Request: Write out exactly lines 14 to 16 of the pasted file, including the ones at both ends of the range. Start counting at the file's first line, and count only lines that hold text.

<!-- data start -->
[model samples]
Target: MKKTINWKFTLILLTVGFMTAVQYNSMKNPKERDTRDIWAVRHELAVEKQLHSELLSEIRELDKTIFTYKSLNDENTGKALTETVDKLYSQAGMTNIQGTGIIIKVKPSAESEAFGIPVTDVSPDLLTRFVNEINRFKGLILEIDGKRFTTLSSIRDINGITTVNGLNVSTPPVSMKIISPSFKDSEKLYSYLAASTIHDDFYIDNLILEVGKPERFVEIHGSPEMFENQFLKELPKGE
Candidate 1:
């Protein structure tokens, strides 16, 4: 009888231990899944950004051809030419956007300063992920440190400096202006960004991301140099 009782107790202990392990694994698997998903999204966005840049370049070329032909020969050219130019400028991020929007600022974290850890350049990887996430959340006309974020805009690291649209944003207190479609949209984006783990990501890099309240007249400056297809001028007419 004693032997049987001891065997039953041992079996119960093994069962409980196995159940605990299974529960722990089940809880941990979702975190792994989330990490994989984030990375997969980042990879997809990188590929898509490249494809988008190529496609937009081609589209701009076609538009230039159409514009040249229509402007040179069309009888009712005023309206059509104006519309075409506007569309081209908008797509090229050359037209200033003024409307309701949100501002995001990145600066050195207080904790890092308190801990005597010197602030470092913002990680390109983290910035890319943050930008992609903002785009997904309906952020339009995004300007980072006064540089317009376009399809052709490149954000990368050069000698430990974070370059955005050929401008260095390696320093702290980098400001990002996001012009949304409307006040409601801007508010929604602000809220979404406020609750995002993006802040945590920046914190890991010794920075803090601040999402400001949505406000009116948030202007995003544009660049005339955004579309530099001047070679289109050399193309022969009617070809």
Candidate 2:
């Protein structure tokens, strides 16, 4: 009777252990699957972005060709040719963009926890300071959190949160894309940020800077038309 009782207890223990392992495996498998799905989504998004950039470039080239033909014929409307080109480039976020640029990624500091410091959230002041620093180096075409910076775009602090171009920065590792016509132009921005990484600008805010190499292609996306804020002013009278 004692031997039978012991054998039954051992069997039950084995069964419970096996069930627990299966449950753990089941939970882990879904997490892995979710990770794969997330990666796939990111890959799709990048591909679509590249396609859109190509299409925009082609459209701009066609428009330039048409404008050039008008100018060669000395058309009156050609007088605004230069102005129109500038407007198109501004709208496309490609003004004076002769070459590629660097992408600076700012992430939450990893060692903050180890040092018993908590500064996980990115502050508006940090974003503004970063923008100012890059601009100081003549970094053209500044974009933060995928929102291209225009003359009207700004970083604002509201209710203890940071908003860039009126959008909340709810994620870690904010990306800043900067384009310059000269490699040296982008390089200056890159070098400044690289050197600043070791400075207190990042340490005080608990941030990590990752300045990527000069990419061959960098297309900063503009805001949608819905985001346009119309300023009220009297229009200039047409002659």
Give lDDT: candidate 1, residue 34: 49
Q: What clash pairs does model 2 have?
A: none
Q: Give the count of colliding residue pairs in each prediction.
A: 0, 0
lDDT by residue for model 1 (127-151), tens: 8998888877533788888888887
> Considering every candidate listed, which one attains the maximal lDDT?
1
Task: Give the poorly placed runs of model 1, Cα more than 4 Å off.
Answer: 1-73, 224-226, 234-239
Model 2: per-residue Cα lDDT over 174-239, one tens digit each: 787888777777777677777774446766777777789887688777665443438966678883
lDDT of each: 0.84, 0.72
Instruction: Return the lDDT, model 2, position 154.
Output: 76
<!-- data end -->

1
Task: Give the poorly placed runs of model 1, Cα more than 4 Å off.
Answer: 1-73, 224-226, 234-239